These portfolio and income projections are merely illustrative. The actual portfolio path and future income will be influenced by a range of factors, including decisions the FOMC makes about its securities portfolio and long-run framework, as well as interest rate, economic, and autonomous balance sheet developments. Nevertheless, the projection exercise aims to add to the public’s understanding of the relationships among these factors. Markets Group staff plan to update these projections in the next annual report on domestic open market operations.


Disclaimer
The views expressed in this post are those of the authors and do not necessarily reflect the position of the Federal Reserve Bank of New York or the Federal Reserve System. Any errors or omissions are the responsibility of the authors.





Fleming_michaelMichael Fleming is a vice president in the Federal Reserve Bank of New York’s Research Group.

Herman_gabrielGabriel Herman is an associate in the Bank's Markets Group.


Deborah Leonard is a vice president in the Bank's Markets Group.

Na_daveDave Na is a senior associate in the Bank's Markets Group.


Stowe_lisaLisa Stowe is an officer in the Bank's Markets Group.



How to cite this blog post:
Michael Fleming, Gabriel Herman, Deborah Leonard, Dave Na, and Lisa Stowe, “Just Released: Updated SOMA Portfolio and Income Projections,” Federal Reserve Bank of New York Liberty Street Economics (blog), July 10, 2017, http://libertystreeteconomics.newyorkfed.org/2017/07/just-released-updated-soma-portfolio-and-income-projections.html.
Posted by Blog Author at 10:00:00 AM in Federal Reserve, Monetary Policy
Comments

Feed You can follow this conversation by subscribing to the comment feed for this post.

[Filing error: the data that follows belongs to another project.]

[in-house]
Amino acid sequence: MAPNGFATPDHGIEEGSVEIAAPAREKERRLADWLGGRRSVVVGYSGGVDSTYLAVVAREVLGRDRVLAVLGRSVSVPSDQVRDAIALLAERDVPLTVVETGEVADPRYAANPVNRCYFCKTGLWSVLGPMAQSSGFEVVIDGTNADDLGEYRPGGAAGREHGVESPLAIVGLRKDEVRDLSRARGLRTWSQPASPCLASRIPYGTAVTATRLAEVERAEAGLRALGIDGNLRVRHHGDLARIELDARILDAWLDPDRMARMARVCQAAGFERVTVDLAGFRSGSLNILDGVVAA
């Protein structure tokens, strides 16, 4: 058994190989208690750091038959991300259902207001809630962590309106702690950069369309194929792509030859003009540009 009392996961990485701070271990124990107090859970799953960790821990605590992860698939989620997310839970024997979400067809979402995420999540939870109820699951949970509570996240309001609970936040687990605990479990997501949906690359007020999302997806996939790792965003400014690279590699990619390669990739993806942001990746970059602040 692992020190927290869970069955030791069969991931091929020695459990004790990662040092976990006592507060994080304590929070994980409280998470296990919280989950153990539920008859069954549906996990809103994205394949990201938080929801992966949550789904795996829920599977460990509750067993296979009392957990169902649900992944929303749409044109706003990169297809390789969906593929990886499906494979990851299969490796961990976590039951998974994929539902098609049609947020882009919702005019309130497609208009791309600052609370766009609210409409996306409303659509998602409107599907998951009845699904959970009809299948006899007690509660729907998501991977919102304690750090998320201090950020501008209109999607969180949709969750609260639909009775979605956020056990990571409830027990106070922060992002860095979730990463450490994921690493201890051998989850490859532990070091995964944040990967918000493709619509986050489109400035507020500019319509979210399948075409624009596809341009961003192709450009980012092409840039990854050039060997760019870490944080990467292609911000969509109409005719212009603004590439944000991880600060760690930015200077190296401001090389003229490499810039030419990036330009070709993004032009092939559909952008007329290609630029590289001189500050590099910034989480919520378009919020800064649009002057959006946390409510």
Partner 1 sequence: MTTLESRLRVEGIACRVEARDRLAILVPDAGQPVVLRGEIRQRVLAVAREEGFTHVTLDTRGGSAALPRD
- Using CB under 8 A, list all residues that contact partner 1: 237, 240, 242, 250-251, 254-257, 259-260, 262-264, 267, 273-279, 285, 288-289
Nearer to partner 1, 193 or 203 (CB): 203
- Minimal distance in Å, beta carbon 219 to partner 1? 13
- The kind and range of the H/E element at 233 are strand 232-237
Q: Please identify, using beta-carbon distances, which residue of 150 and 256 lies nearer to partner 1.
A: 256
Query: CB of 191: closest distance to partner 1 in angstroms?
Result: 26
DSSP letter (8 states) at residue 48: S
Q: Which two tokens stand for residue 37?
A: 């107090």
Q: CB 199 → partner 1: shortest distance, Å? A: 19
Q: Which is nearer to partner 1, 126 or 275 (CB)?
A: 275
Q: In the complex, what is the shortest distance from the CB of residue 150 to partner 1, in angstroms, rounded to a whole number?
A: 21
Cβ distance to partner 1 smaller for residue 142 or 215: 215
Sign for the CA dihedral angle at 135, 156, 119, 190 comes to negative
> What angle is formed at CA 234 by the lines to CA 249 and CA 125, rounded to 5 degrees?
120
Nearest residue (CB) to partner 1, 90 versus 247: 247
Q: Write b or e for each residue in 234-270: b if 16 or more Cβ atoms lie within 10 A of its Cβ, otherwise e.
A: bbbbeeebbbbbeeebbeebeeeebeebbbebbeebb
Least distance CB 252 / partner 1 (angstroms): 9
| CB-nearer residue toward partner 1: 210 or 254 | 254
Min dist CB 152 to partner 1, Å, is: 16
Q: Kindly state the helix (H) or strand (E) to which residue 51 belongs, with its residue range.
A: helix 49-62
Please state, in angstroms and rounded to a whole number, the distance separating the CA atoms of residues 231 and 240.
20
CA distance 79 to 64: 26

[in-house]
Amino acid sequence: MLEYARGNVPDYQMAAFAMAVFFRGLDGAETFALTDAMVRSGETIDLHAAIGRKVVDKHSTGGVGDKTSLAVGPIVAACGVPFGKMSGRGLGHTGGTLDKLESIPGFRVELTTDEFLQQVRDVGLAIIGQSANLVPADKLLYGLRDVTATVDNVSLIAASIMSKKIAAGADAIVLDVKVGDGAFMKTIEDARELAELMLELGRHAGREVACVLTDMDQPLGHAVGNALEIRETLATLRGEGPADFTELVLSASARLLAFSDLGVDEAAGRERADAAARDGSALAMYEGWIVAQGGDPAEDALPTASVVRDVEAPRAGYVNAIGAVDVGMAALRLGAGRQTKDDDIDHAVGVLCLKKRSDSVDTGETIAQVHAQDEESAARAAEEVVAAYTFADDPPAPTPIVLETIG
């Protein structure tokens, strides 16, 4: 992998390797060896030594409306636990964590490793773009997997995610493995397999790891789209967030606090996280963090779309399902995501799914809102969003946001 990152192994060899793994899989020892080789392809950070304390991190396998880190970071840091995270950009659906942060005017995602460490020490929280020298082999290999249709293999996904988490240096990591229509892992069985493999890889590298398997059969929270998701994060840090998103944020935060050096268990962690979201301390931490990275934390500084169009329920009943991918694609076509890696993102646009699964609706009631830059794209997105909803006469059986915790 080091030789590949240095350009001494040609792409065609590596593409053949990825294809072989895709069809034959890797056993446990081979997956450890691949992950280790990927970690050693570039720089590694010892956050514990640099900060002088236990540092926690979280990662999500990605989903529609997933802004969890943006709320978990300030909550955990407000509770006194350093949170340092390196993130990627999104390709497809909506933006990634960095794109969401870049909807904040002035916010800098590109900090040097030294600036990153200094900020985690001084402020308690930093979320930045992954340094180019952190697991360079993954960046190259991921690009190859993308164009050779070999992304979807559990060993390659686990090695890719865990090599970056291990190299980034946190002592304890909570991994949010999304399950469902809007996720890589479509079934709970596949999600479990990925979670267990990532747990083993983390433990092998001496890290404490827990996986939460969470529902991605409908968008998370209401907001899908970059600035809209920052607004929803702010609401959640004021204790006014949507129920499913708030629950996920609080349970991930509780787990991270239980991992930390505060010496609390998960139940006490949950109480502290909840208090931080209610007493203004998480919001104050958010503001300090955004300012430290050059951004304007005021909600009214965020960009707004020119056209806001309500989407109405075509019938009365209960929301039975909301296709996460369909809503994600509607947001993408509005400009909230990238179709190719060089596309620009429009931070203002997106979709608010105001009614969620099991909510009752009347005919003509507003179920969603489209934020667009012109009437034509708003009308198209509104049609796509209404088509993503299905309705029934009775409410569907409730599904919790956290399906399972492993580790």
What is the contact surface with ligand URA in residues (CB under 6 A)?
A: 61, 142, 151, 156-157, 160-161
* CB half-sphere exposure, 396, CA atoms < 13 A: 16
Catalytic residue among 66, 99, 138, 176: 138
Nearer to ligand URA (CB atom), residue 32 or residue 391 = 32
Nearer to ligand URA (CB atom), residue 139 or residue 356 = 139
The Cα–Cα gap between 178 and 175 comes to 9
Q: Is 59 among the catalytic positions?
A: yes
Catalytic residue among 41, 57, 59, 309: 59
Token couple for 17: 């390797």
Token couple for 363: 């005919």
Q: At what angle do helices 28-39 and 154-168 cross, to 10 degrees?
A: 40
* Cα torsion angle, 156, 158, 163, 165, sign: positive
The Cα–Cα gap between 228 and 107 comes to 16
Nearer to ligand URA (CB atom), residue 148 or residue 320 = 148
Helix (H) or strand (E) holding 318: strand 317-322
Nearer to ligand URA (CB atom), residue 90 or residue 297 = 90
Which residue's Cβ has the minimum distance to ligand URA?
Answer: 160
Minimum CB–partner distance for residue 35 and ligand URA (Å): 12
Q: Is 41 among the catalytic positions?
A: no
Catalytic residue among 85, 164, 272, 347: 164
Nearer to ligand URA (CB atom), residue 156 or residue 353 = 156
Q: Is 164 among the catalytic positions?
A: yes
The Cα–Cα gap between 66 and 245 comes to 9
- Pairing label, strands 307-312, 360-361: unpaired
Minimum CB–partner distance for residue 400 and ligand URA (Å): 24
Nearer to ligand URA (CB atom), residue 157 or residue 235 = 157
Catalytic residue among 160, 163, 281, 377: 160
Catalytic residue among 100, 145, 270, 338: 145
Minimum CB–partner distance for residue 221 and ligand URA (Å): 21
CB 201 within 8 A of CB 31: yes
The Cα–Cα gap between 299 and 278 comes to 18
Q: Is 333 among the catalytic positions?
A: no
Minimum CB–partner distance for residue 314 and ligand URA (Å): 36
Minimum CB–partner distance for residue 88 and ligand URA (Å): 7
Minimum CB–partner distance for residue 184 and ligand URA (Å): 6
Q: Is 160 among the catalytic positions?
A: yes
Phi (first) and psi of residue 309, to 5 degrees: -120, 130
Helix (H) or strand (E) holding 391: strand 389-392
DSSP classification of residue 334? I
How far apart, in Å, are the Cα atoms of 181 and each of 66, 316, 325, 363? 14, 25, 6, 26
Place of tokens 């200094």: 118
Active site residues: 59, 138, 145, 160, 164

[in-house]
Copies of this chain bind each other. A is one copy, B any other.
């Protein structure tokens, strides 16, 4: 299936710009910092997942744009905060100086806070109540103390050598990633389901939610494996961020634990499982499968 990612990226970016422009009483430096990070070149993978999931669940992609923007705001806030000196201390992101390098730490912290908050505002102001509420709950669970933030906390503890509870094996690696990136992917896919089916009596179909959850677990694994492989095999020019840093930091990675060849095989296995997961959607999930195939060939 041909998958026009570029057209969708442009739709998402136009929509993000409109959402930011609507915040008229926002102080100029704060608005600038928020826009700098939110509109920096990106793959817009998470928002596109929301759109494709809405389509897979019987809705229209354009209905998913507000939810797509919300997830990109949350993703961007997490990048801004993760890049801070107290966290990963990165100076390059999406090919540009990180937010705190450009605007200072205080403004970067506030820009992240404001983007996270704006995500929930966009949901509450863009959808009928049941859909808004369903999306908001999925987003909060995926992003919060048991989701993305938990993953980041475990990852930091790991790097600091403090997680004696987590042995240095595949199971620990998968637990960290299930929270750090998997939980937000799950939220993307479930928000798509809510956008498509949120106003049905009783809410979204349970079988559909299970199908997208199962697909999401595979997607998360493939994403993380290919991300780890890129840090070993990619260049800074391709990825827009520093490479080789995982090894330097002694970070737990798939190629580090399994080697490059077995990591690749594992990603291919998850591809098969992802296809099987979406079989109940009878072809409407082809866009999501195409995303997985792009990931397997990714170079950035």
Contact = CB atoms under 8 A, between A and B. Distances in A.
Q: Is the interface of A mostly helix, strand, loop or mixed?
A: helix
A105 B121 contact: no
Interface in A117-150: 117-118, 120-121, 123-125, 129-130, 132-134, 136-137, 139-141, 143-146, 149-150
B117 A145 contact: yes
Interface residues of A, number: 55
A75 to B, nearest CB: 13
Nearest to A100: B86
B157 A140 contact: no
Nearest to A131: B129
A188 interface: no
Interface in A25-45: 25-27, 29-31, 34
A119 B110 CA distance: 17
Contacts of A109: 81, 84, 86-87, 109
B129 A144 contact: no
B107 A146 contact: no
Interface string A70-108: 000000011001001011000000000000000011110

The comments to this entry are closed.

About the Blog
Liberty Street Economics features insight and analysis from New York Fed economists working at the intersection of research and policy. Launched in 2011, the blog takes its name from the Bank’s headquarters at 33 Liberty Street in Manhattan’s Financial District.

The editors are Michael Fleming, Andrew Haughwout, Thomas Klitgaard, and Donald Morgan, all economists in the Bank’s Research Group.

The views expressed are those of the authors, and do not necessarily reflect the position of the New York Fed or the Federal Reserve System.


Economic Research Tracker

Liberty Street Economics is now available on the iPhone® and iPad® and can be customized by economic research topic or economist.


Useful Links
Comment Guidelines
We encourage your comments and queries on our posts and will publish them (below the post) subject to the following guidelines:
Please be brief: Comments are limited to 1500 characters.
Please be quick: Comments submitted after COB on Friday will not be published until Monday morning.
Please be aware: Comments submitted shortly before or during the FOMC blackout may not be published until after the blackout.
Please be on-topic and patient: Comments are moderated and will not appear until they have been reviewed to ensure that they are substantive and clearly related to the topic of the post. We reserve the right not to post any comment, and will not post comments that are abusive, harassing, obscene, or commercial in nature. No notice will be given regarding whether a submission will or will not be posted.‎
Disclosure Policy
The LSE editors ask authors submitting a post to the blog to confirm that they have no conflicts of interest as defined by the American Economic Association in its Disclosure Policy. If an author has sources of financial support or other interests that could be perceived as influencing the research presented in the post, we disclose that fact in a statement prepared by the author and appended to the author information at the end of the post. If the author has no such interests to disclose, no statement is provided. Note, however, that we do indicate in all cases if a data vendor or other party has a right to review a post.
Archives